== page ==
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Thought for the Day: Olam Chesed Yibaneh for Yaakov to Populate Klal Yisrael

We have discussed the Maharal's explanation of how Shimon could marry Dina.  One aspect of that explanation was that there simply was no one else to marry.  Just as Adam haRishon was the beginning of humanity -- ie, B'nei Adam, so too Yaakov was the beginning of klal yisrael -- ie, B'nei Yisrael.  Just as Adam haRishon's children married siblings by necessity, so to Yaakov's children married siblings by the same necessity.  At first glance, this seems to contradict the first explanation (that they were all geirim), because a ger can marry Jew he wants.  (I know, I know... "Jews" as a label really comes from Yehuda and after the destruction of the northern kingdom.  However, you all know what I mean and it is needlessly tedious to avoid the term.)  If, on the other hand, they married each other out of necessity and "olam chesed yibaneh" (at times forbidden relations are permitted for populating the world), then why do I need the geirus explanation at all?
But I think these explanations are really complementary.  Geirus does not make a person homeless, it makes him part of klal yisrael.  In doing so, the ger loses his original relatives and can marry any other Jew.  However, klal yisrael lives at a higher level of k'dusha than the umos ha'olam.  Using a loophole (brothers and sisters are no longer halachically related) simply to permit a previously forbidden marriage is, well, just not done.  You need a very strong reason to push you in that direction.  Having no other candidates together with "olam chesed yibaneh" is that push.  The Maharal points out that Yaakov would not have married another two sisters; he married the two sisters he was supposed to marry.  Shimon would not have married another sister; he married the sister he was supposed to marry.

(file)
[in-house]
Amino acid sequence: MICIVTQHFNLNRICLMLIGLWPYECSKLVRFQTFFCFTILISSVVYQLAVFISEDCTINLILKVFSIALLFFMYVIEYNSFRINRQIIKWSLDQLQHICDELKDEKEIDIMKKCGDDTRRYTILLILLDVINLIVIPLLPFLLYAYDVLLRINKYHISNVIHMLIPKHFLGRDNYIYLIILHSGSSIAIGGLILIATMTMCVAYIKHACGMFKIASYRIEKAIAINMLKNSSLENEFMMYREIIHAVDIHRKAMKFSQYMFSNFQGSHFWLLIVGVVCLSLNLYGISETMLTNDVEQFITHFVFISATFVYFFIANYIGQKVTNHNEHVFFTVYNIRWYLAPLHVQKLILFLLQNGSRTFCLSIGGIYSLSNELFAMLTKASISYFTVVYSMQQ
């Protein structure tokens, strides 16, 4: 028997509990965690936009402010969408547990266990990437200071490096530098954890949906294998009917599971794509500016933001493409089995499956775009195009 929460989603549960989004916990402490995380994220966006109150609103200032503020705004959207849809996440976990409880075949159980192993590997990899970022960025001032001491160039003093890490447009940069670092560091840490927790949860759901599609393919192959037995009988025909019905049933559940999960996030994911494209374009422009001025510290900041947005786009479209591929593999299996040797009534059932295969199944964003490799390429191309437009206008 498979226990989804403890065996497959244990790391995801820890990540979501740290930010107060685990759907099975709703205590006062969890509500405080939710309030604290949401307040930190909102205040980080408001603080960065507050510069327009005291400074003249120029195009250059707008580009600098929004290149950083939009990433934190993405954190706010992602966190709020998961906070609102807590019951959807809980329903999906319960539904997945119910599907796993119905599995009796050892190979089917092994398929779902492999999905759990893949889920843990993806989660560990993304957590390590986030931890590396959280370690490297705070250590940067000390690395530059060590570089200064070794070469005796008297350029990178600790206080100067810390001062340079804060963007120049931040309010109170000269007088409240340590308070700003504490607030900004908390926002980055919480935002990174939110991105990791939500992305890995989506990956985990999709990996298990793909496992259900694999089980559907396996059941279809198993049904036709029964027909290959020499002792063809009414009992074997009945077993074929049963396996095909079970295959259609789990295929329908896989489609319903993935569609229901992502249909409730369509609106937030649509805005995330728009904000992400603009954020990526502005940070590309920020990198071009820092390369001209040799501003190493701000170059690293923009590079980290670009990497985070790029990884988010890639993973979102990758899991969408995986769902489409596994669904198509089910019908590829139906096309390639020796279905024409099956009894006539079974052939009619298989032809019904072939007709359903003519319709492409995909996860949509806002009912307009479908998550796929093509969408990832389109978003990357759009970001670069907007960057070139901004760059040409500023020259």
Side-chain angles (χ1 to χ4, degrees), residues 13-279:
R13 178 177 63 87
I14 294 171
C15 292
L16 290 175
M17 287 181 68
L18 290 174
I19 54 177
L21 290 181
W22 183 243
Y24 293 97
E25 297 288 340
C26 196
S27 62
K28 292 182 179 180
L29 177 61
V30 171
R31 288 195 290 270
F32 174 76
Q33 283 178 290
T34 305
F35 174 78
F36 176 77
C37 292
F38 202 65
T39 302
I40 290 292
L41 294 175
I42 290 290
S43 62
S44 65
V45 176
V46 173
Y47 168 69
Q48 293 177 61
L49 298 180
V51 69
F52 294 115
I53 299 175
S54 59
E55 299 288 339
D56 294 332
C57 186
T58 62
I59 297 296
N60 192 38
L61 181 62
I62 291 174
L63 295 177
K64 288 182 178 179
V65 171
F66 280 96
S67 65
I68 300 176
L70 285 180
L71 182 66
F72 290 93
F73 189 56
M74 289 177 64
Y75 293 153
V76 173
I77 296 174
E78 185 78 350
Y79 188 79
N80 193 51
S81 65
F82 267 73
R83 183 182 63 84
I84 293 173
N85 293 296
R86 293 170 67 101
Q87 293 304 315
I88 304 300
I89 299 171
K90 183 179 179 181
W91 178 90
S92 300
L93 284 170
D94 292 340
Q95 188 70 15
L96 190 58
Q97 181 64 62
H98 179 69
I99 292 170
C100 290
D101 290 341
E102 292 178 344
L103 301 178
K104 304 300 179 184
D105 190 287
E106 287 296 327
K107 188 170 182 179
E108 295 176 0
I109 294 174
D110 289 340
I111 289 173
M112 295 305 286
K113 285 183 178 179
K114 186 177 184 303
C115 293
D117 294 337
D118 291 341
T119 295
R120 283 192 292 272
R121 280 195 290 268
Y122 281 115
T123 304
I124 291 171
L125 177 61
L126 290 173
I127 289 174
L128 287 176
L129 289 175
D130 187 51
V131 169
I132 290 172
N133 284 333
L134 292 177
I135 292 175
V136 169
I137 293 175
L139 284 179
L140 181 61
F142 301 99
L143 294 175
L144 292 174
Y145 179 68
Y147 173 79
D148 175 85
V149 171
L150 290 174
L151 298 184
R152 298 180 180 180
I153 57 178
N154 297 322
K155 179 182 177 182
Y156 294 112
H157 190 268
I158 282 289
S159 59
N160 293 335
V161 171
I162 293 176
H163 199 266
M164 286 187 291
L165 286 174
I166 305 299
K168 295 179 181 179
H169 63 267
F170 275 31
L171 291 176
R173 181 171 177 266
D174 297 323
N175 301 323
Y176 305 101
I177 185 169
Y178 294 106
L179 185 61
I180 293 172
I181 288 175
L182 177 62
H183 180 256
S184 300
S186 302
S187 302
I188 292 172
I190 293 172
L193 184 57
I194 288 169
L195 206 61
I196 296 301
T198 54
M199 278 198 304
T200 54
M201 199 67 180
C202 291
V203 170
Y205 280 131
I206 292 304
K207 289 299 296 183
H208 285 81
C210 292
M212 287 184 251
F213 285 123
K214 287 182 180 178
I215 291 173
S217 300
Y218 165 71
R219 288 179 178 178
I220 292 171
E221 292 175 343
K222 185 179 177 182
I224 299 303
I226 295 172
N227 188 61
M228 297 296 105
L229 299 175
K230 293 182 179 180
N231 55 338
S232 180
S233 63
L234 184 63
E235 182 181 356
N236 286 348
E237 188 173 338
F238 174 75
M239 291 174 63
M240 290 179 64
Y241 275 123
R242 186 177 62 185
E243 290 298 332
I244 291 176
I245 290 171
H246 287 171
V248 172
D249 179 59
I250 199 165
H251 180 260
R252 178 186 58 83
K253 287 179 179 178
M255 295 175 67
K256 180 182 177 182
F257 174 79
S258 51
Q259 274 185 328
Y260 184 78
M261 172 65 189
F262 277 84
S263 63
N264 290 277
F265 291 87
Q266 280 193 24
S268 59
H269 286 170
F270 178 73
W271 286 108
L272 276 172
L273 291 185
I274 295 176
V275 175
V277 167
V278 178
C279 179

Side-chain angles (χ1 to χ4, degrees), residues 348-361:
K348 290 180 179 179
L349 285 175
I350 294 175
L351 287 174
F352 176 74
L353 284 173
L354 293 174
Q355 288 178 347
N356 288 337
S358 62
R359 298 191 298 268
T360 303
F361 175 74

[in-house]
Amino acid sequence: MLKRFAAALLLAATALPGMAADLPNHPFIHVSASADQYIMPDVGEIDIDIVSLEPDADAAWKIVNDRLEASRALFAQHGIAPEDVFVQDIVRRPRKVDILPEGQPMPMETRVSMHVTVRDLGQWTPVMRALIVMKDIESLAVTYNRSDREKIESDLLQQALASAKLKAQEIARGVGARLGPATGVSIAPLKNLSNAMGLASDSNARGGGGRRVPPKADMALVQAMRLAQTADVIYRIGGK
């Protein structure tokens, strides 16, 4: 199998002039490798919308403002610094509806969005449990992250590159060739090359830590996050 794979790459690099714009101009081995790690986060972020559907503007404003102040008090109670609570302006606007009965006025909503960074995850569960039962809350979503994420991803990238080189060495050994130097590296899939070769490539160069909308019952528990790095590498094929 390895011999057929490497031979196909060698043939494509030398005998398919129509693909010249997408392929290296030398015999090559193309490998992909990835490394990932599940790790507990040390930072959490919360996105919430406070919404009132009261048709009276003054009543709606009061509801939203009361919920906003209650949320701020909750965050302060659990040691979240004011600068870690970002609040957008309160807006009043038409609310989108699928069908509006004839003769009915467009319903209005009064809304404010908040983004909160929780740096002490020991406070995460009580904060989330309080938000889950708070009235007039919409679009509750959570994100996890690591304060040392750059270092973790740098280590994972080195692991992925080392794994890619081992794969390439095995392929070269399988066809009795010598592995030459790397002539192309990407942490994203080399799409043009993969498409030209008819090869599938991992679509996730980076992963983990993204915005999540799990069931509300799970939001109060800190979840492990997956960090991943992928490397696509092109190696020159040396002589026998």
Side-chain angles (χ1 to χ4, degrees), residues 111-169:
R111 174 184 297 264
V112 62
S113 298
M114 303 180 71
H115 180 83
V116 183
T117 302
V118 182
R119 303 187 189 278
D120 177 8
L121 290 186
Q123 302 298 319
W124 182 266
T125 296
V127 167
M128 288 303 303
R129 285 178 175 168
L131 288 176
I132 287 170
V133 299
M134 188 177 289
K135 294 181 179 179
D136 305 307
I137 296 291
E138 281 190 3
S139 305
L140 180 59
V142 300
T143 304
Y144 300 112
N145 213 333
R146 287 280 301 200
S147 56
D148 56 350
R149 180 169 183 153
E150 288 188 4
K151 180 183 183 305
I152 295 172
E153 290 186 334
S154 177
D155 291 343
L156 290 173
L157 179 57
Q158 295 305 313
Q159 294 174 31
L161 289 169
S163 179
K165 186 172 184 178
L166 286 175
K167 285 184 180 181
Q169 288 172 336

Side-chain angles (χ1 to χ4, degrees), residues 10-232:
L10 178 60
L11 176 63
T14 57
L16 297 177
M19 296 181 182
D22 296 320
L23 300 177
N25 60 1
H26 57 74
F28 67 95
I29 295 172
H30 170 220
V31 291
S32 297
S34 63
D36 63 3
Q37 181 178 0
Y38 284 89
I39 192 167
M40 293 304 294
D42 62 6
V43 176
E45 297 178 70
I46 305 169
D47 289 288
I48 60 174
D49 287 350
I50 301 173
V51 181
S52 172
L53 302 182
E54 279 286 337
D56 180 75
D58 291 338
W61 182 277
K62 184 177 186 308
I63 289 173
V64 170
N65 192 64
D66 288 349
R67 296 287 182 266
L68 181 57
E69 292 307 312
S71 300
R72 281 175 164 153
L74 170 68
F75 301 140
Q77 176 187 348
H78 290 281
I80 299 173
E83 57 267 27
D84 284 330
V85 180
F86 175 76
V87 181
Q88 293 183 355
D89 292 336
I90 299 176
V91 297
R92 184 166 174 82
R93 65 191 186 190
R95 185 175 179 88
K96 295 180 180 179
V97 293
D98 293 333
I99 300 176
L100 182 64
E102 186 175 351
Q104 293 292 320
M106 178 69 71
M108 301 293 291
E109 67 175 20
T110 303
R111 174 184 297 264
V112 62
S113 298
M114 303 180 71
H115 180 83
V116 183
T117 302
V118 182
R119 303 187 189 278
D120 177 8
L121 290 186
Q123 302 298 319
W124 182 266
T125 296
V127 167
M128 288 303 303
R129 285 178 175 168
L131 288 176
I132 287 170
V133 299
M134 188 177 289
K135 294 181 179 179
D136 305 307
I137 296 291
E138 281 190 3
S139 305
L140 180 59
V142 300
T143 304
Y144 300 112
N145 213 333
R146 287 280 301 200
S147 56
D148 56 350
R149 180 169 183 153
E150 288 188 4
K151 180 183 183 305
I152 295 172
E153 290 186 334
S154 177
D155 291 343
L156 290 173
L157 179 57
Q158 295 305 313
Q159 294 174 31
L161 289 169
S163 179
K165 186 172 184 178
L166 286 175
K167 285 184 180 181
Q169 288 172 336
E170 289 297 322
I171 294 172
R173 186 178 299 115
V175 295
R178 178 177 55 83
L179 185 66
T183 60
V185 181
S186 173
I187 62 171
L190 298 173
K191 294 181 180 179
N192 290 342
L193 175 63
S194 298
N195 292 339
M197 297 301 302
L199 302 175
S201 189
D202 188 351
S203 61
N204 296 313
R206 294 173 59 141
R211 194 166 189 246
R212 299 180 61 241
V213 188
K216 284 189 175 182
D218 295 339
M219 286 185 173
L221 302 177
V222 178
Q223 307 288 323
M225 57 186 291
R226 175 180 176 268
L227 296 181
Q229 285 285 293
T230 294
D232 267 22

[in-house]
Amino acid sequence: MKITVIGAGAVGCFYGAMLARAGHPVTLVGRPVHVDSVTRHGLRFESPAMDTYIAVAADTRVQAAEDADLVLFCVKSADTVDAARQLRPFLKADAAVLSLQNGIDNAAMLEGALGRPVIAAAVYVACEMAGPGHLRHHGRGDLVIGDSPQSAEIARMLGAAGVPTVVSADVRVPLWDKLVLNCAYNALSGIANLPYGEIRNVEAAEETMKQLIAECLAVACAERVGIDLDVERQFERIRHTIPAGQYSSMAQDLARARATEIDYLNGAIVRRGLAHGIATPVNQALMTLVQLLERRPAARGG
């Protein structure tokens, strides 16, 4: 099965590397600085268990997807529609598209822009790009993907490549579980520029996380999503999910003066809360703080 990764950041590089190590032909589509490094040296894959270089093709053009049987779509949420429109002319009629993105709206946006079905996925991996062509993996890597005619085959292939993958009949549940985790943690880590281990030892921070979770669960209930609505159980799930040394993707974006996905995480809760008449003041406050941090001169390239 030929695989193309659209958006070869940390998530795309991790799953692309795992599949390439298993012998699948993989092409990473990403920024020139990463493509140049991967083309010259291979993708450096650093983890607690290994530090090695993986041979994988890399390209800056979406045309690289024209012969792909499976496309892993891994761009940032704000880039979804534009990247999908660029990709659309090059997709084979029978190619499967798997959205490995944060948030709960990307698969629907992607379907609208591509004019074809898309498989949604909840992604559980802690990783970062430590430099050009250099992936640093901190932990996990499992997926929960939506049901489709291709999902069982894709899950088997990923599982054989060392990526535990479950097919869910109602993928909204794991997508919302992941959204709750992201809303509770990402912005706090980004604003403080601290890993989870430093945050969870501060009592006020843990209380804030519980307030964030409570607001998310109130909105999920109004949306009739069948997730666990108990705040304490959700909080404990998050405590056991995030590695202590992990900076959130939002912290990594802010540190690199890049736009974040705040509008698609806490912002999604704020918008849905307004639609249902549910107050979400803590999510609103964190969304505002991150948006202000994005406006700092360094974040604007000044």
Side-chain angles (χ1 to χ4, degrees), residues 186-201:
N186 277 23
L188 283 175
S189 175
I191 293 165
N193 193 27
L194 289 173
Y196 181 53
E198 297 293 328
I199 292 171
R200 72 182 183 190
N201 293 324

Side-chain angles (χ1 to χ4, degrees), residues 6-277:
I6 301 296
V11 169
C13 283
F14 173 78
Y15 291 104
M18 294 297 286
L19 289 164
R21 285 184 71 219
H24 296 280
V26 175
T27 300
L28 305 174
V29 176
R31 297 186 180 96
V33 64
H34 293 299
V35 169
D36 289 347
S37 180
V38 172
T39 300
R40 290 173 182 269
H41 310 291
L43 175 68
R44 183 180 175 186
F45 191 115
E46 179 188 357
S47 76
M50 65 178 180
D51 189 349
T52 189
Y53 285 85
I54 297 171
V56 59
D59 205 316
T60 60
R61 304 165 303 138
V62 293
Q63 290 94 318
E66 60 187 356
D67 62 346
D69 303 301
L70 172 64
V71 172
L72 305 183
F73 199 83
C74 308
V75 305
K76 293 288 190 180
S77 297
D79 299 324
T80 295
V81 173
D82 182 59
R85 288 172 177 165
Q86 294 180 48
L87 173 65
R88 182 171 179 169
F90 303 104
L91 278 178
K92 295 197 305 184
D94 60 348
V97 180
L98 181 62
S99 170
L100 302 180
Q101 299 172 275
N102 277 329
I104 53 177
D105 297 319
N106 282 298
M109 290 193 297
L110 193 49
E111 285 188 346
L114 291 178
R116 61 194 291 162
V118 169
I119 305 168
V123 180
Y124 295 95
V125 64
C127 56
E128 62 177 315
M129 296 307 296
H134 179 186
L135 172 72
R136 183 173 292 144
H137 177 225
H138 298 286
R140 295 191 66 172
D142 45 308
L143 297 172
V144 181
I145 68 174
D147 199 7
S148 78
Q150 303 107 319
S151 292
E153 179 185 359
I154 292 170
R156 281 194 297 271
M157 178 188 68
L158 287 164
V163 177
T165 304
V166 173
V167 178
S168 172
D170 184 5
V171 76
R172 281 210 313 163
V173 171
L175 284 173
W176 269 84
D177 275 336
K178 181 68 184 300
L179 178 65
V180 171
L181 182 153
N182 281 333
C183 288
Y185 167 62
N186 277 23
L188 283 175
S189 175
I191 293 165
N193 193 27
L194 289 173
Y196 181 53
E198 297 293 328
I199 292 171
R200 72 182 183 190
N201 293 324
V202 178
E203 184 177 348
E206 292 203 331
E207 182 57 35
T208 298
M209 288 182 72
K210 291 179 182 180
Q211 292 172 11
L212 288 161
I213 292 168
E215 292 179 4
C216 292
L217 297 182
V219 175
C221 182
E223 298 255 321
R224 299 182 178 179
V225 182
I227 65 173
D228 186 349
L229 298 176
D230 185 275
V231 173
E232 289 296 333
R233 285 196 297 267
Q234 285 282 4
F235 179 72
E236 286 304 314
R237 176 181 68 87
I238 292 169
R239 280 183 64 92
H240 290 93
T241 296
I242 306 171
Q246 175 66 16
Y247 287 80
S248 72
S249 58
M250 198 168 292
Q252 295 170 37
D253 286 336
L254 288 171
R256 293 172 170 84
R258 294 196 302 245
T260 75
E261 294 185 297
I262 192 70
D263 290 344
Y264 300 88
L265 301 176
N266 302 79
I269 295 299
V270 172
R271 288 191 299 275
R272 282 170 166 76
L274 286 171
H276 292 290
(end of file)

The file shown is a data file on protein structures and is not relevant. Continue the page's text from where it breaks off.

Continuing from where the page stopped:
How did they know when they were permitted/required to do something that the Torah would later forbid?  How does that go along with the fact that the avos kept kol haTorah kulo?  Great questions.


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